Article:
Sarah Korcz – A New Interview with Jean-Pierre Houdin
Categories: Egypt in the News, Pyramids
Sarah Korcz, a senior at Community Montessori School in New Albany, Indiana, and an aspiring Egyptologist, has shared several of her Egyptological research papers with me, and expressed an interest in doing an article for Em Hotep. Since we were about due for a catch-up session with Jean-Pierre Houdin, and I knew from some of our conversations that Sarah is keenly interested in Jean-Pierre’s work with pyramids, I asked her if she would like to interview him for the website. She was quite happy to oblige.
Who is Jean-Pierre Houdin?
When Jean-Pierre Houdin was 25 years old he started his career as an independent architect. He constructed many buildings around his home city of Paris, France. During the 80’s and 90’s Houdin and his wife, Michelle, started an art gallery specializing in new and innovative art. But when you type his name into a search engine, you won’t be able to find any of the buildings he made, instead, pictures of the Egyptian pyramids appear before you, along with detailed drawings and animated scenes of it’s creation. As you can see, neither Houdin’s 20 year career as an architect, nor the art gallery he and his wife began, are what makes him famous.
In 1999, Houdin, along with his father, Henri Houdin, came up with a theory about how the Great Pyramid of Giza (constructed for the Pharaoh Khufu in 2584 BC, by Hemiunu) was built. His theory involves an internal ramp used for transporting the two and a half ton limestone blocks to the tip of the pyramid.
Sarah: So many theories of how the Great Pyramid was built are speculative and unscientific, what makes your theory scientific?
JPH: Lots of theories about how the Great Pyramid was built are speculative and unscientific, mostly because of two things:
1 – The inability to give a full and plausible explanation by the Egyptology world: the 3 main propositions – a large straight frontal ramp up to the apex, an exterior spiraling ramp rising on the pyramid faces and the use of machines (an idea developed from a text by Herodotus) – are proven to not work at all;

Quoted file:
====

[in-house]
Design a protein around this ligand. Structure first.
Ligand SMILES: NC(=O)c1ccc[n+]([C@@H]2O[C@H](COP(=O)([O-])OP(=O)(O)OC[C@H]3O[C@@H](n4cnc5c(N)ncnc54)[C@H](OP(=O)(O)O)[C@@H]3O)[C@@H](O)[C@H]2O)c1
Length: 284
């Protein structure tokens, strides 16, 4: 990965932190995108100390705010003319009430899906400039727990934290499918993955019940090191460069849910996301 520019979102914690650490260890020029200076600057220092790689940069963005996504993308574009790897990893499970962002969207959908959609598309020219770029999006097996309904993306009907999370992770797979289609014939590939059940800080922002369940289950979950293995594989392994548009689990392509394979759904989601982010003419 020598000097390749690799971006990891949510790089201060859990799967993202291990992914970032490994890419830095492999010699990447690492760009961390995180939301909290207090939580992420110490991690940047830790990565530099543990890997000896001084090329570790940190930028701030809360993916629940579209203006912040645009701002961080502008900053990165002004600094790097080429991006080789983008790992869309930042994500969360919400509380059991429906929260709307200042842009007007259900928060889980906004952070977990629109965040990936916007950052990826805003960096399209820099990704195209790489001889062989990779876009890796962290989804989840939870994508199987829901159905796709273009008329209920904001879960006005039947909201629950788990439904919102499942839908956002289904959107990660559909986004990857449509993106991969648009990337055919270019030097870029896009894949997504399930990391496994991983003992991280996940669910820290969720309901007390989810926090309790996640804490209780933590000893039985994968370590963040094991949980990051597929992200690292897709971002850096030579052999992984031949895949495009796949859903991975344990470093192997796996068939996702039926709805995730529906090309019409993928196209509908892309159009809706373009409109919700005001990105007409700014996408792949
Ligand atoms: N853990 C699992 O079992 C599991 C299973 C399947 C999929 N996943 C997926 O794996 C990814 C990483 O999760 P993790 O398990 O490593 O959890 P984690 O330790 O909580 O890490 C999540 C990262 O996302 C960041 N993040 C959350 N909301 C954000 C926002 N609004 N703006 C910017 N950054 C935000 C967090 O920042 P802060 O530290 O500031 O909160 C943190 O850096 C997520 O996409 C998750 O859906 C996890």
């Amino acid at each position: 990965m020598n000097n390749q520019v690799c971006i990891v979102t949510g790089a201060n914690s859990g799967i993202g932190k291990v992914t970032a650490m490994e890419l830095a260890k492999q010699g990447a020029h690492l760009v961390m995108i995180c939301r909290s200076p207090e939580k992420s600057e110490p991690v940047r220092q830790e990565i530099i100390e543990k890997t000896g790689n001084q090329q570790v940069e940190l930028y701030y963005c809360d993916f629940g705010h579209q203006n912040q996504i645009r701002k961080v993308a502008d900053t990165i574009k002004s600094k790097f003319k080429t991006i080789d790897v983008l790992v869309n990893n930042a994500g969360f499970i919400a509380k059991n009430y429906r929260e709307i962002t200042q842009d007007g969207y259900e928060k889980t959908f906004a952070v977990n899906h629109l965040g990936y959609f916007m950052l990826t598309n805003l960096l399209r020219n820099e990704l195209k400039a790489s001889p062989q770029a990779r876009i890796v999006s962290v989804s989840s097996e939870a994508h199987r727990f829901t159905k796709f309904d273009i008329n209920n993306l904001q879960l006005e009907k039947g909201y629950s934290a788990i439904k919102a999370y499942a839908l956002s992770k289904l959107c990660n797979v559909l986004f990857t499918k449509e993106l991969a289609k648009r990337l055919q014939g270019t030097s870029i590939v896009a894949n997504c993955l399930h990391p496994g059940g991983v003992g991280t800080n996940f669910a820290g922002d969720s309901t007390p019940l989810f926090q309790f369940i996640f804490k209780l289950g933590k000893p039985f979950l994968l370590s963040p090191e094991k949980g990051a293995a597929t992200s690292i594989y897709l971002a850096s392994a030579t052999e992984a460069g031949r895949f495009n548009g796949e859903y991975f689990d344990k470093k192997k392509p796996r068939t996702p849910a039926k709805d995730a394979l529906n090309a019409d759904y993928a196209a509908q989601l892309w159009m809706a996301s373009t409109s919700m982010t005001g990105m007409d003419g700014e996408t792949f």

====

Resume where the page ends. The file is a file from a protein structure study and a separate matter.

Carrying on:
2 – This inability led to a void in which lots of alternative ideas were put forward, from aliens to mystic theories, passing by strange ideas totally unrealistic.
Now, why is my theory scientific? Certainly because I deal with the question: “How were the pyramids built” as a scientific process.
There is no mystery about the construction; it’s just our inability to give a right answer to the question “Why pyramids?” The Egyptians built the pyramids because they knew how to build them; if pyramids had not been the logical structure to build, due to their knowledge and abilities, they would have built something else. So, as we have the pyramids in front of our eyes, we are sure that there is an answer.
First of all, I have an approach – the pyramids were built from the inside, a genius idea my father got in January 1999 – which changed the way we think about their construction. Thinking “from the inside, not the outside”, as it has always been thought by everyone working on the topic, is the key to the understanding how the ancient Egyptians built these incredible monuments. Once you have this key, which is like finding a yarn in a wool ball, you just have to pull the yarn and everything becomes clear because everything was made from this principle.
My approach has never been to makes things fit with my ideas, to the contrary: from an idea, I want to find evidence on site. And I’m greatly helped by the 3D computer models I use in my research. Since 1999 I have been working in 3D and since 2005 I have been in a close partnership with the world leader in 3D modeling (Dassault Systèmes). This is a huge advantage as most of people construct their theories working from a plan and a 2D cross-section of the pyramid. Working with a 3D model, I can see behind the paper sheet and how all the parts and spaces relate to one another, which is how discoveries are made.
And after 15 years of studies, having read, studied and analyzed practically everything on the topic, I have accumulated a huge knowledge base about the pyramids… I could have pursued a PhD in Egyptology, but I preferred to focus myself on one subject: How the pyramids were built, and I have immersed myself in that pursuit every day since January 1999, full time.
Sarah: Wow! Fifteen years, that is a really long time to be so focused on one area of Egypt. Are you interested in any other aspects of Egyptian civilization?
JPH: By extension, yes of course…